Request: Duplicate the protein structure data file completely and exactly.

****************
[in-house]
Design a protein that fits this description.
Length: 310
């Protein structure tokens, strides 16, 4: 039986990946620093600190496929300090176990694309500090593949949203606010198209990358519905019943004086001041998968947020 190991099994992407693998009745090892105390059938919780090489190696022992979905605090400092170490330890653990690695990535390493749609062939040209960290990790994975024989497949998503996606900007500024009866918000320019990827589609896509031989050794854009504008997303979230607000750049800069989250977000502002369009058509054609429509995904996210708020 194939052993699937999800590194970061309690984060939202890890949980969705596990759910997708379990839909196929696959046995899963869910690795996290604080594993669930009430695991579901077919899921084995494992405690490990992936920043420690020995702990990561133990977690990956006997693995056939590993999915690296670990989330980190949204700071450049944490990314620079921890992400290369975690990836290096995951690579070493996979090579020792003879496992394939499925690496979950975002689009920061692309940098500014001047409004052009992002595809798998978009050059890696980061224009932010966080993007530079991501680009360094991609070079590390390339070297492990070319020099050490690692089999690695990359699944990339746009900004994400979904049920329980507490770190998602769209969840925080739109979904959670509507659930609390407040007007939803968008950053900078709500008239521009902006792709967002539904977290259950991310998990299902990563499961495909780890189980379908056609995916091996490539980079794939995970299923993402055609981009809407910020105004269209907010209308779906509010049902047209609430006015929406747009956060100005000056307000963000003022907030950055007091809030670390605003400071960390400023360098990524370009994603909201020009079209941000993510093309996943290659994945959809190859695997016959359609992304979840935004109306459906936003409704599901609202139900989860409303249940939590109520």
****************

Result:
[in-house]
Design a protein that fits this description.
Length: 310
């Protein structure tokens, strides 16, 4: 039986990946620093600190496929300090176990694309500090593949949203606010198209990358519905019943004086001041998968947020 190991099994992407693998009745090892105390059938919780090489190696022992979905605090400092170490330890653990690695990535390493749609062939040209960290990790994975024989497949998503996606900007500024009866918000320019990827589609896509031989050794854009504008997303979230607000750049800069989250977000502002369009058509054609429509995904996210708020 194939052993699937999800590194970061309690984060939202890890949980969705596990759910997708379990839909196929696959046995899963869910690795996290604080594993669930009430695991579901077919899921084995494992405690490990992936920043420690020995702990990561133990977690990956006997693995056939590993999915690296670990989330980190949204700071450049944490990314620079921890992400290369975690990836290096995951690579070493996979090579020792003879496992394939499925690496979950975002689009920061692309940098500014001047409004052009992002595809798998978009050059890696980061224009932010966080993007530079991501680009360094991609070079590390390339070297492990070319020099050490690692089999690695990359699944990339746009900004994400979904049920329980507490770190998602769209969840925080739109979904959670509507659930609390407040007007939803968008950053900078709500008239521009902006792709967002539904977290259950991310998990299902990563499961495909780890189980379908056609995916091996490539980079794939995970299923993402055609981009809407910020105004269209907010209308779906509010049902047209609430006015929406747009956060100005000056307000963000003022907030950055007091809030670390605003400071960390400023360098990524370009994603909201020009079209941000993510093309996943290659994945959809190859695997016959359609992304979840935004109306459906936003409704599901609202139900989860409303249940939590109520």